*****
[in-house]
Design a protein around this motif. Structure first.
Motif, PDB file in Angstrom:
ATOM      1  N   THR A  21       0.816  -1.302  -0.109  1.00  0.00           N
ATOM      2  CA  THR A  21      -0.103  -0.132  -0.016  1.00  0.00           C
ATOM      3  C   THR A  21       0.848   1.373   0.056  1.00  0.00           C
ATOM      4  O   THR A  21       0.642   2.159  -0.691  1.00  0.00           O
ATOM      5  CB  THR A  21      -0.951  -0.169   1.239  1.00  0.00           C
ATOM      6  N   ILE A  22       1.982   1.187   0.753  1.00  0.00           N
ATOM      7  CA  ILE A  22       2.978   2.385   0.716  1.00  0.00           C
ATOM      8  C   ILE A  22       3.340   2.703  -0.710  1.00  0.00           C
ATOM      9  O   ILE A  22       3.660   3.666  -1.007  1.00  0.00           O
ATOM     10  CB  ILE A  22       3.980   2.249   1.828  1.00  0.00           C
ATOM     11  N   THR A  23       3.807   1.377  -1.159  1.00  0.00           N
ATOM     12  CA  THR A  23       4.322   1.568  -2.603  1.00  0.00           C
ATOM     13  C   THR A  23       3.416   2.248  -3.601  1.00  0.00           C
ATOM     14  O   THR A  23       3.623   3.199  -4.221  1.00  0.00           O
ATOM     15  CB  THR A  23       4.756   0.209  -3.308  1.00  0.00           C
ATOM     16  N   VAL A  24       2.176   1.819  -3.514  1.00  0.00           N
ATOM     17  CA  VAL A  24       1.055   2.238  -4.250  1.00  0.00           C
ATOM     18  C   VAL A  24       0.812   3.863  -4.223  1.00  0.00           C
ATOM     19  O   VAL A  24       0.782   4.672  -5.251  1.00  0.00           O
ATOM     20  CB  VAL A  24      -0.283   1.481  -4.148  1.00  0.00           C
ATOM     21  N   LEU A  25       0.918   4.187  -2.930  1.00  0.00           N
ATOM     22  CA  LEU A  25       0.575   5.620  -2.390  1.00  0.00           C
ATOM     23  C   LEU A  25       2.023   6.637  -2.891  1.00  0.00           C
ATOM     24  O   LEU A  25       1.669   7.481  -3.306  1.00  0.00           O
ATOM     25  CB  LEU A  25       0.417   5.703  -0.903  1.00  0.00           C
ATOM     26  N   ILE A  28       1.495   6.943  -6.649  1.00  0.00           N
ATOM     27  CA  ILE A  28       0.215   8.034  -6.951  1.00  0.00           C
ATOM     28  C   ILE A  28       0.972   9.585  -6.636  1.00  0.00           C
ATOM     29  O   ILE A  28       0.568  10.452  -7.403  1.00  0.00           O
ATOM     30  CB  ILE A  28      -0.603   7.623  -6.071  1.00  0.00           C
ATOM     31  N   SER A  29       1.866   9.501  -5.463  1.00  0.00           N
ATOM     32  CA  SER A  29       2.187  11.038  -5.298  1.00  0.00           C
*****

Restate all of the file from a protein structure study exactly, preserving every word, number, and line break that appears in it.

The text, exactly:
[in-house]
Design a protein around this motif. Structure first.
Motif, PDB file in Angstrom:
ATOM      1  N   THR A  21       0.816  -1.302  -0.109  1.00  0.00           N
ATOM      2  CA  THR A  21      -0.103  -0.132  -0.016  1.00  0.00           C
ATOM      3  C   THR A  21       0.848   1.373   0.056  1.00  0.00           C
ATOM      4  O   THR A  21       0.642   2.159  -0.691  1.00  0.00           O
ATOM      5  CB  THR A  21      -0.951  -0.169   1.239  1.00  0.00           C
ATOM      6  N   ILE A  22       1.982   1.187   0.753  1.00  0.00           N
ATOM      7  CA  ILE A  22       2.978   2.385   0.716  1.00  0.00           C
ATOM      8  C   ILE A  22       3.340   2.703  -0.710  1.00  0.00           C
ATOM      9  O   ILE A  22       3.660   3.666  -1.007  1.00  0.00           O
ATOM     10  CB  ILE A  22       3.980   2.249   1.828  1.00  0.00           C
ATOM     11  N   THR A  23       3.807   1.377  -1.159  1.00  0.00           N
ATOM     12  CA  THR A  23       4.322   1.568  -2.603  1.00  0.00           C
ATOM     13  C   THR A  23       3.416   2.248  -3.601  1.00  0.00           C
ATOM     14  O   THR A  23       3.623   3.199  -4.221  1.00  0.00           O
ATOM     15  CB  THR A  23       4.756   0.209  -3.308  1.00  0.00           C
ATOM     16  N   VAL A  24       2.176   1.819  -3.514  1.00  0.00           N
ATOM     17  CA  VAL A  24       1.055   2.238  -4.250  1.00  0.00           C
ATOM     18  C   VAL A  24       0.812   3.863  -4.223  1.00  0.00           C
ATOM     19  O   VAL A  24       0.782   4.672  -5.251  1.00  0.00           O
ATOM     20  CB  VAL A  24      -0.283   1.481  -4.148  1.00  0.00           C
ATOM     21  N   LEU A  25       0.918   4.187  -2.930  1.00  0.00           N
ATOM     22  CA  LEU A  25       0.575   5.620  -2.390  1.00  0.00           C
ATOM     23  C   LEU A  25       2.023   6.637  -2.891  1.00  0.00           C
ATOM     24  O   LEU A  25       1.669   7.481  -3.306  1.00  0.00           O
ATOM     25  CB  LEU A  25       0.417   5.703  -0.903  1.00  0.00           C
ATOM     26  N   ILE A  28       1.495   6.943  -6.649  1.00  0.00           N
ATOM     27  CA  ILE A  28       0.215   8.034  -6.951  1.00  0.00           C
ATOM     28  C   ILE A  28       0.972   9.585  -6.636  1.00  0.00           C
ATOM     29  O   ILE A  28       0.568  10.452  -7.403  1.00  0.00           O
ATOM     30  CB  ILE A  28      -0.603   7.623  -6.071  1.00  0.00           C
ATOM     31  N   SER A  29       1.866   9.501  -5.463  1.00  0.00           N
ATOM     32  CA  SER A  29       2.187  11.038  -5.298  1.00  0.00           C